In a case closely monitored by the hospitality industry, the Ninth Circuit ruled in favor of servers and bartenders who alleged their employers were improperly claiming employees’ tips as a credit toward the federal minimum wage. Marsh v. J. Alexander’s LLC, No. 15-15791 (9th Cir. Sept. 18, 2018). The en banc court reversed a prior panel decision and rejected the employer’s arguments that the regulations in question were not entitled to judicial deference. The decision allows hospitality workers to pursue claims that they were owed the full minimum wage for time spent performing non-tipped tasks unrelated to their tipped occupations, as well as tasks related to the tipped occupation if such tasks exceed 20 percent of the workweek.
As a practical matter, the decision increases the importance that employers of tipped employees establish policies that employees’ related duties may not exceed 20 percent of their time and, to the extent possible, better track their employees’ on-the-job tasks.
The Fair Labor Standards Act (“FLSA”) guarantees non-exempt workers a federal minimum wage of $7.25 per hour. However, employers may pay a “tipped employee” a reduced hourly wage so long as that hourly wage, plus the tips received by the employee, equal or exceed the federal minimum wage.
In 1967, the Department of Labor (“DOL”) promulgated several regulations addressing the treatment of tipped employees under the FLSA. One of these regulations attempts to delineate when an employee is employed in dual jobs, one tipped and one not. According to this dual jobs regulation, if a maintenance man at a hotel also serves as a waiter, he is employed in two occupations, and no tip credit may be taken for his time spent as a maintenance man. The regulation then distinguishes this example from an employee’s performance of duties that relate to the tipped occupation but are not themselves directed at producing tips. For example, the regulation provides that a waitress who spends part of her time setting tables or toasting bread is still in a tipped occupation. According to the regulation, the employer may still take the tip credit for all of her time, even if some of her duties are not directed toward producing tips.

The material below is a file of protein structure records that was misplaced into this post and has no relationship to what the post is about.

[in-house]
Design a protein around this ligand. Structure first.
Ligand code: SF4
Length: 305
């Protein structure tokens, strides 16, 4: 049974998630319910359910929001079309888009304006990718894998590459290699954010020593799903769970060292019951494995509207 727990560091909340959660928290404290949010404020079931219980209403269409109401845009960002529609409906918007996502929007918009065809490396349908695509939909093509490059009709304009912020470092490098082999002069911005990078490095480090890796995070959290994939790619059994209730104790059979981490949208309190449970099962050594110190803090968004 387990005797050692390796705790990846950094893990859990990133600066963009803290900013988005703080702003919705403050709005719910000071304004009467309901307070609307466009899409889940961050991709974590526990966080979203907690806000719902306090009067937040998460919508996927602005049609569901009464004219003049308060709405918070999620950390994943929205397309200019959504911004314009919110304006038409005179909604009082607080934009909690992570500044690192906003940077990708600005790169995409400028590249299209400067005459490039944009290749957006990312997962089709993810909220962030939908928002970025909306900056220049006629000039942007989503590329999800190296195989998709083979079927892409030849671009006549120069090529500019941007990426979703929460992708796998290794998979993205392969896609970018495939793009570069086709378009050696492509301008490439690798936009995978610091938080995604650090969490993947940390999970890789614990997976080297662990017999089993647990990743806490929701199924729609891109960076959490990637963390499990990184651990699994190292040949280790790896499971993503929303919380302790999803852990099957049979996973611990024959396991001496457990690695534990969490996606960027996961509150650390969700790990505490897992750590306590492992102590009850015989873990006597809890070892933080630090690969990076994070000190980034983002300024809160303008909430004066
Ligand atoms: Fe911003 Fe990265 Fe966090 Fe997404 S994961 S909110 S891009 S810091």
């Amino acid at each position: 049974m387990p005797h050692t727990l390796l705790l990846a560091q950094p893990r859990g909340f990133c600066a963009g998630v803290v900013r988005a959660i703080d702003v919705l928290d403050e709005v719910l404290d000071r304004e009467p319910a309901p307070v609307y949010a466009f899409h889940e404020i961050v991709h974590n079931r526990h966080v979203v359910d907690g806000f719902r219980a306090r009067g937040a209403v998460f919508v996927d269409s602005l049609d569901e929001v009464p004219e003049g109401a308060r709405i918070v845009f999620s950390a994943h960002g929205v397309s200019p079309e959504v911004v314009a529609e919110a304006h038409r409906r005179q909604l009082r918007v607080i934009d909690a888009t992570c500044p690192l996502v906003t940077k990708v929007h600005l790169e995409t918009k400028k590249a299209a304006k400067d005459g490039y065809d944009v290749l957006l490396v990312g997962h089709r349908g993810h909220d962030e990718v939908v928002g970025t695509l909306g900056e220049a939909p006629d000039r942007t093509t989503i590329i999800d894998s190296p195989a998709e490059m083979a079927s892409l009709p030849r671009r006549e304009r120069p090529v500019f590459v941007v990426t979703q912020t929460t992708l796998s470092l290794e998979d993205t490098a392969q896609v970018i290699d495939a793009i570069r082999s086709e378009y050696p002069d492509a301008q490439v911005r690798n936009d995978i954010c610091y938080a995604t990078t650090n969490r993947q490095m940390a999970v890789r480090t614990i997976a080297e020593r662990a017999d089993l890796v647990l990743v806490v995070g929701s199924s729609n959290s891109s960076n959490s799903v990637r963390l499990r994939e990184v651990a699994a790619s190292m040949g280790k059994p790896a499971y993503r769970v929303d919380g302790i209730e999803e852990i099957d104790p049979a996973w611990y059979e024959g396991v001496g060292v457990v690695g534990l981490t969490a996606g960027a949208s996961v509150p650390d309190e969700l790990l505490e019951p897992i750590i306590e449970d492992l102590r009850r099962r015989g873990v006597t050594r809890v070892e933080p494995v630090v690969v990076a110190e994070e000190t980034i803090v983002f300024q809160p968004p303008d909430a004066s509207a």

The DOL further interpreted this dual jobs regulation in its Field Operations Handbook (“FOH”), designed for use by DOL investigators and staff. The FOH interprets the dual jobs regulation to provide that if an employee spends in excess of 20 percent of the employee’s time, which the FOH calls “substantial,” performing tasks related to the tipped occupation but not directed toward producing tips, no tip credit may be taken for the time spent in those related duties. Furthermore, according to the FOH, no tip credit can be taken for any time an employee spent performing tasks unrelated to the tipped occupation.
The lead plaintiff in Marsh worked as a server at J. Alexander’s, a restaurant in Phoenix. Though only employed as a server, the plaintiff alleged that he was actually working in multiple occupations—one tipped, and the others not—because he was required to complete tasks unrelated to his tipped occupation (e.g., cleaning restrooms), and to spend over 20 percent of his time on tasks related to his occupation that did not in and of themselves produce tips (e.g., brewing coffee). The plaintiff argued these were separate, untipped occupations, and his employer must pay him the full hourly minimum wage for this time.
The employer responded by challenging both the DOL’s dual jobs regulation and the FOH interpretation, claiming that neither was entitled to judicial deference under the applicable standard.